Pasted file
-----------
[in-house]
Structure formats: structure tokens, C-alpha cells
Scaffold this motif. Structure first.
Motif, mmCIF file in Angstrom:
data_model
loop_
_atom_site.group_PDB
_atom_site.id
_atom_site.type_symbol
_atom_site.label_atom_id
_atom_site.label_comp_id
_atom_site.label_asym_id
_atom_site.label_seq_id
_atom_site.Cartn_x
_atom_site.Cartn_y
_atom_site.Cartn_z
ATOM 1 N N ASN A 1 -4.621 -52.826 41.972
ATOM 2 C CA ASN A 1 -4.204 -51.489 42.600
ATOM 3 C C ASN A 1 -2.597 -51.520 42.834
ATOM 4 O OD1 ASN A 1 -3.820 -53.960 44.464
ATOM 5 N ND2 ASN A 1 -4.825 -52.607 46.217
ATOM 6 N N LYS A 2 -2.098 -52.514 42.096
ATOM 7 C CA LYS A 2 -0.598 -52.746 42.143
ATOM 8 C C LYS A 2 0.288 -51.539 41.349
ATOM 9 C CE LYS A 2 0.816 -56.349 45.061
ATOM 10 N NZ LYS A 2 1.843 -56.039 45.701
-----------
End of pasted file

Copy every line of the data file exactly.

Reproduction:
[in-house]
Structure formats: structure tokens, C-alpha cells
Scaffold this motif. Structure first.
Motif, mmCIF file in Angstrom:
data_model
loop_
_atom_site.group_PDB
_atom_site.id
_atom_site.type_symbol
_atom_site.label_atom_id
_atom_site.label_comp_id
_atom_site.label_asym_id
_atom_site.label_seq_id
_atom_site.Cartn_x
_atom_site.Cartn_y
_atom_site.Cartn_z
ATOM 1 N N ASN A 1 -4.621 -52.826 41.972
ATOM 2 C CA ASN A 1 -4.204 -51.489 42.600
ATOM 3 C C ASN A 1 -2.597 -51.520 42.834
ATOM 4 O OD1 ASN A 1 -3.820 -53.960 44.464
ATOM 5 N ND2 ASN A 1 -4.825 -52.607 46.217
ATOM 6 N N LYS A 2 -2.098 -52.514 42.096
ATOM 7 C CA LYS A 2 -0.598 -52.746 42.143
ATOM 8 C C LYS A 2 0.288 -51.539 41.349
ATOM 9 C CE LYS A 2 0.816 -56.349 45.061
ATOM 10 N NZ LYS A 2 1.843 -56.039 45.701